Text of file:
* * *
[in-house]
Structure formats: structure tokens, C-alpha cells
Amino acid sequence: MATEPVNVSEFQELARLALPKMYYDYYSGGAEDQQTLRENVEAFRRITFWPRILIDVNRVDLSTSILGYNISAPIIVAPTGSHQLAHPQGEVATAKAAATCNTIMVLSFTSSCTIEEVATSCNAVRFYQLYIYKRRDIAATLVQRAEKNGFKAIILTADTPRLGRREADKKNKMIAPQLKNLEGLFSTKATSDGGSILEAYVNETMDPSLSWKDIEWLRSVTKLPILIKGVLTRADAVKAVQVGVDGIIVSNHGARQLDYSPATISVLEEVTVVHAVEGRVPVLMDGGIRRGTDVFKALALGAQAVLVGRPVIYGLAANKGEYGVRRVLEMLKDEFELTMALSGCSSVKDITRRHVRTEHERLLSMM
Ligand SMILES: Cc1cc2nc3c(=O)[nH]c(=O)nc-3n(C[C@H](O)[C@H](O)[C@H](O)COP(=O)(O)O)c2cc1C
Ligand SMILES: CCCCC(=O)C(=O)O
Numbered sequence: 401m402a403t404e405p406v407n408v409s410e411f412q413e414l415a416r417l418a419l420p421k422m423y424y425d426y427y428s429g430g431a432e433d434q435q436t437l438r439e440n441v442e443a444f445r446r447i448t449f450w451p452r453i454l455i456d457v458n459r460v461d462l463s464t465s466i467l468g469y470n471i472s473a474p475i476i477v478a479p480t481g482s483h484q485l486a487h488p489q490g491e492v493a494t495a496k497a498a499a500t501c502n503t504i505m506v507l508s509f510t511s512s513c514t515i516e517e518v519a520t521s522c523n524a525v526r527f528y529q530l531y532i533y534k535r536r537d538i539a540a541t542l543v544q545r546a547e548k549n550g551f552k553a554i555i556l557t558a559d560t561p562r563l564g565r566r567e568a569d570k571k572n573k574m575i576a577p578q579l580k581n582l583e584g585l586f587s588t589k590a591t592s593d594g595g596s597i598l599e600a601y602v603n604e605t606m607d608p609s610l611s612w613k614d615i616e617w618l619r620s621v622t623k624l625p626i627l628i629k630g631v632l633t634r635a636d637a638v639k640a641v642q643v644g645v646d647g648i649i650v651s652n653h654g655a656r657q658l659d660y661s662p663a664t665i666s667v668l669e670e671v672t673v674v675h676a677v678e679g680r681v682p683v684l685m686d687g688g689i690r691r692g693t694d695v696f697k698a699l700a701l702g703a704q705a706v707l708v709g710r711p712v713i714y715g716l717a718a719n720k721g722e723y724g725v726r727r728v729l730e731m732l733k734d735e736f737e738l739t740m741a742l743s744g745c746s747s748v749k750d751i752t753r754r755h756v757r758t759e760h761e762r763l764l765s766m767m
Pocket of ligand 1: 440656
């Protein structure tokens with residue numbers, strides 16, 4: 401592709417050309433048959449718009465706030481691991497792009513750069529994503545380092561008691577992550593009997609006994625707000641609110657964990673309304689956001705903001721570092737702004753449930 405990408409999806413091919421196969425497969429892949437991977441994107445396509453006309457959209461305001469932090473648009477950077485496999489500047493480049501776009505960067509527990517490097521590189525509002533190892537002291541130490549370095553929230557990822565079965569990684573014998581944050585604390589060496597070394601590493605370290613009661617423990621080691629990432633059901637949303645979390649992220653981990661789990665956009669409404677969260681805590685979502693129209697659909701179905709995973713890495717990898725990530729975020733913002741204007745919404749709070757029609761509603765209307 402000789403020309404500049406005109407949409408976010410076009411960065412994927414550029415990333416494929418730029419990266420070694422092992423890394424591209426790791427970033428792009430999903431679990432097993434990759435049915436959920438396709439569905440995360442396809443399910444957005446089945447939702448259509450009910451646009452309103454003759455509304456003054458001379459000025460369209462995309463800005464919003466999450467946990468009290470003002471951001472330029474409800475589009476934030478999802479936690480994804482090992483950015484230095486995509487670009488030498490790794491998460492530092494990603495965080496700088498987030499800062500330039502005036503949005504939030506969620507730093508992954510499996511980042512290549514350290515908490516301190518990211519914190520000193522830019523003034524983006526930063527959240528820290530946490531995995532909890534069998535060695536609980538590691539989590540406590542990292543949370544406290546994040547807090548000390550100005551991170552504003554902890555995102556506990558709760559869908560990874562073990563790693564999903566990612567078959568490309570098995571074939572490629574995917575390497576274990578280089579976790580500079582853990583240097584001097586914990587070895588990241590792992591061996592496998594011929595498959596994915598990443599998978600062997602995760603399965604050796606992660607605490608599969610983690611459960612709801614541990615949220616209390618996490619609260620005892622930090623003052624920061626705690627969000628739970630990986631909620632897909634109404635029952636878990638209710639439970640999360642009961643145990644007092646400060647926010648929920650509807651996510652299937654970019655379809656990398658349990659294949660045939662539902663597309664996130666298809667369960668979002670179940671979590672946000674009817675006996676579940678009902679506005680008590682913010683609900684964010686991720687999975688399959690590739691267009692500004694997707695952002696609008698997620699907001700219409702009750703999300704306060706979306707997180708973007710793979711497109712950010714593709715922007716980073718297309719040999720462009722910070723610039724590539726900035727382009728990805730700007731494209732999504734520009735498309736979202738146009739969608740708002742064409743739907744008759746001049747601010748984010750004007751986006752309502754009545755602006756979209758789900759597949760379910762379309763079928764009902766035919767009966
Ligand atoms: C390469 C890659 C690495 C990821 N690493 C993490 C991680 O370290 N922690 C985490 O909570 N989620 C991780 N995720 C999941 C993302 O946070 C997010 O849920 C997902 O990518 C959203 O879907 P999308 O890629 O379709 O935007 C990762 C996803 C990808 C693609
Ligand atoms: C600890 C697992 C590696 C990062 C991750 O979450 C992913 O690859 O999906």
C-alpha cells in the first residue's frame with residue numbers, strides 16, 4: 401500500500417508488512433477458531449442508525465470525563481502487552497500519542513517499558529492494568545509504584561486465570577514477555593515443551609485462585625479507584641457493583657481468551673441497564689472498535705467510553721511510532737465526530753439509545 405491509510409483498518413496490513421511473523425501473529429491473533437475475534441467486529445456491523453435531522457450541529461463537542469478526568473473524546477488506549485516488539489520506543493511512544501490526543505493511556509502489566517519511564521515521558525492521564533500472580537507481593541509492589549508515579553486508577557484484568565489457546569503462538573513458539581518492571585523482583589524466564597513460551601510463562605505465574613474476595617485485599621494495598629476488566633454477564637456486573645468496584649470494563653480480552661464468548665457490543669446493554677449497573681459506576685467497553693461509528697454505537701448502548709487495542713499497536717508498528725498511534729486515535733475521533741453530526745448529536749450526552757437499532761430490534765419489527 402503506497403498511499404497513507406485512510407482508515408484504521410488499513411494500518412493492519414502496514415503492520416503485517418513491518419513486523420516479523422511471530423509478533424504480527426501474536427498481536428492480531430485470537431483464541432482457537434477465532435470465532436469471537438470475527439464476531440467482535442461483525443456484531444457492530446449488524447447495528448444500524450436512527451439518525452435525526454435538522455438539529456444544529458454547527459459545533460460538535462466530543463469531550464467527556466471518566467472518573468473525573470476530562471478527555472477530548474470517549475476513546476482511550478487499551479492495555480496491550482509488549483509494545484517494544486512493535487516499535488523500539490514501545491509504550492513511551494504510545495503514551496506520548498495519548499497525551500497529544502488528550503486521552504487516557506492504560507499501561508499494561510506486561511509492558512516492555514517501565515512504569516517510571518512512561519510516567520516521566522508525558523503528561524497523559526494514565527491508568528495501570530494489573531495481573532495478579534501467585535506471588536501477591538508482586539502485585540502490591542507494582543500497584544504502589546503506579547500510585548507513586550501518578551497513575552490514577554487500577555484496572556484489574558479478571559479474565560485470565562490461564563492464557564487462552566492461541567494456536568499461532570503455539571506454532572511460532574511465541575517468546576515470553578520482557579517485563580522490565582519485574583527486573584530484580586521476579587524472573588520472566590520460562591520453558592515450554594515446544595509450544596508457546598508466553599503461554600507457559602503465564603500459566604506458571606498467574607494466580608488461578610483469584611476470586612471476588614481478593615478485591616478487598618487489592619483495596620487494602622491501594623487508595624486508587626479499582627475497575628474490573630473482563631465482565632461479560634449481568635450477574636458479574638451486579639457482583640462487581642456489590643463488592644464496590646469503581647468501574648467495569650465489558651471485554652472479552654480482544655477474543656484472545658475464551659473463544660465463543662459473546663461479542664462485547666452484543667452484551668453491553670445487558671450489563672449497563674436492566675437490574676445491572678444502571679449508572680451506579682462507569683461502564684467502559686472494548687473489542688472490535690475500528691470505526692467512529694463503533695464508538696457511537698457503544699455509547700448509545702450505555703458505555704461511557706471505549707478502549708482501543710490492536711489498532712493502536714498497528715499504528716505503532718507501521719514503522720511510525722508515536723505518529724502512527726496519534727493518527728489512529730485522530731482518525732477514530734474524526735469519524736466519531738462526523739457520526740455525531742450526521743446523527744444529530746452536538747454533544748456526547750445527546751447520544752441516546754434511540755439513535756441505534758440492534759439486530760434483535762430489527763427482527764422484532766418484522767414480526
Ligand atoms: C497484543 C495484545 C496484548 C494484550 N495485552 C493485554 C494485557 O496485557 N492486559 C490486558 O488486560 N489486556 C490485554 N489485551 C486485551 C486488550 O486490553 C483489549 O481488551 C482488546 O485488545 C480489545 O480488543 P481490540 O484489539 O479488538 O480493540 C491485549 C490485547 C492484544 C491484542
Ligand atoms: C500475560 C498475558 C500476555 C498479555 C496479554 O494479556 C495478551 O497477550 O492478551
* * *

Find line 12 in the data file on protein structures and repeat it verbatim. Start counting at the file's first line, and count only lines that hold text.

Ligand atoms: C497484543 C495484545 C496484548 C494484550 N495485552 C493485554 C494485557 O496485557 N492486559 C490486558 O488486560 N489486556 C490485554 N489485551 C486485551 C486488550 O486490553 C483489549 O481488551 C482488546 O485488545 C480489545 O480488543 P481490540 O484489539 O479488538 O480493540 C491485549 C490485547 C492484544 C491484542